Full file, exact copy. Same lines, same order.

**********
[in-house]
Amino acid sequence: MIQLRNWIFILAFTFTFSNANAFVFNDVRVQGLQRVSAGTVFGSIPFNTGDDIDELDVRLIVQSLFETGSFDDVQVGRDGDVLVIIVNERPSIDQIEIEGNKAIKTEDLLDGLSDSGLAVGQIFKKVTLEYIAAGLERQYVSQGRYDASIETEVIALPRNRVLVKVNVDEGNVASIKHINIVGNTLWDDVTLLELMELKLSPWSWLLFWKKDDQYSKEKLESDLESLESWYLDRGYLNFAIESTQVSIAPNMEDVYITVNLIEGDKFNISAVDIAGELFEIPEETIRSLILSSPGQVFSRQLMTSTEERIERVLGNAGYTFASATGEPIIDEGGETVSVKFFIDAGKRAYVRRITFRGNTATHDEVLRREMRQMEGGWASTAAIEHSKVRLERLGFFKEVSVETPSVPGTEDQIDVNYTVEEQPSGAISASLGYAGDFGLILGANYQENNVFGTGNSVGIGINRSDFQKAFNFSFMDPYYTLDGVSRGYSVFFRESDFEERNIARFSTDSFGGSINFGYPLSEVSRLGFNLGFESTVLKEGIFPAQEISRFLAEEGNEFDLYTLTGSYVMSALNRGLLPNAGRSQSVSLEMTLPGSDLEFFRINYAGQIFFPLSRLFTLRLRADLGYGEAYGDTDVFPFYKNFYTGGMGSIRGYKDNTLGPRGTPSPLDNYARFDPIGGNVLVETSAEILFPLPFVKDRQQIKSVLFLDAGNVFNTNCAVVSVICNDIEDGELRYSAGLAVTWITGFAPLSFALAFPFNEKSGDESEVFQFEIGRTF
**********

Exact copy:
[in-house]
Amino acid sequence: MIQLRNWIFILAFTFTFSNANAFVFNDVRVQGLQRVSAGTVFGSIPFNTGDDIDELDVRLIVQSLFETGSFDDVQVGRDGDVLVIIVNERPSIDQIEIEGNKAIKTEDLLDGLSDSGLAVGQIFKKVTLEYIAAGLERQYVSQGRYDASIETEVIALPRNRVLVKVNVDEGNVASIKHINIVGNTLWDDVTLLELMELKLSPWSWLLFWKKDDQYSKEKLESDLESLESWYLDRGYLNFAIESTQVSIAPNMEDVYITVNLIEGDKFNISAVDIAGELFEIPEETIRSLILSSPGQVFSRQLMTSTEERIERVLGNAGYTFASATGEPIIDEGGETVSVKFFIDAGKRAYVRRITFRGNTATHDEVLRREMRQMEGGWASTAAIEHSKVRLERLGFFKEVSVETPSVPGTEDQIDVNYTVEEQPSGAISASLGYAGDFGLILGANYQENNVFGTGNSVGIGINRSDFQKAFNFSFMDPYYTLDGVSRGYSVFFRESDFEERNIARFSTDSFGGSINFGYPLSEVSRLGFNLGFESTVLKEGIFPAQEISRFLAEEGNEFDLYTLTGSYVMSALNRGLLPNAGRSQSVSLEMTLPGSDLEFFRINYAGQIFFPLSRLFTLRLRADLGYGEAYGDTDVFPFYKNFYTGGMGSIRGYKDNTLGPRGTPSPLDNYARFDPIGGNVLVETSAEILFPLPFVKDRQQIKSVLFLDAGNVFNTNCAVVSVICNDIEDGELRYSAGLAVTWITGFAPLSFALAFPFNEKSGDESEVFQFEIGRTF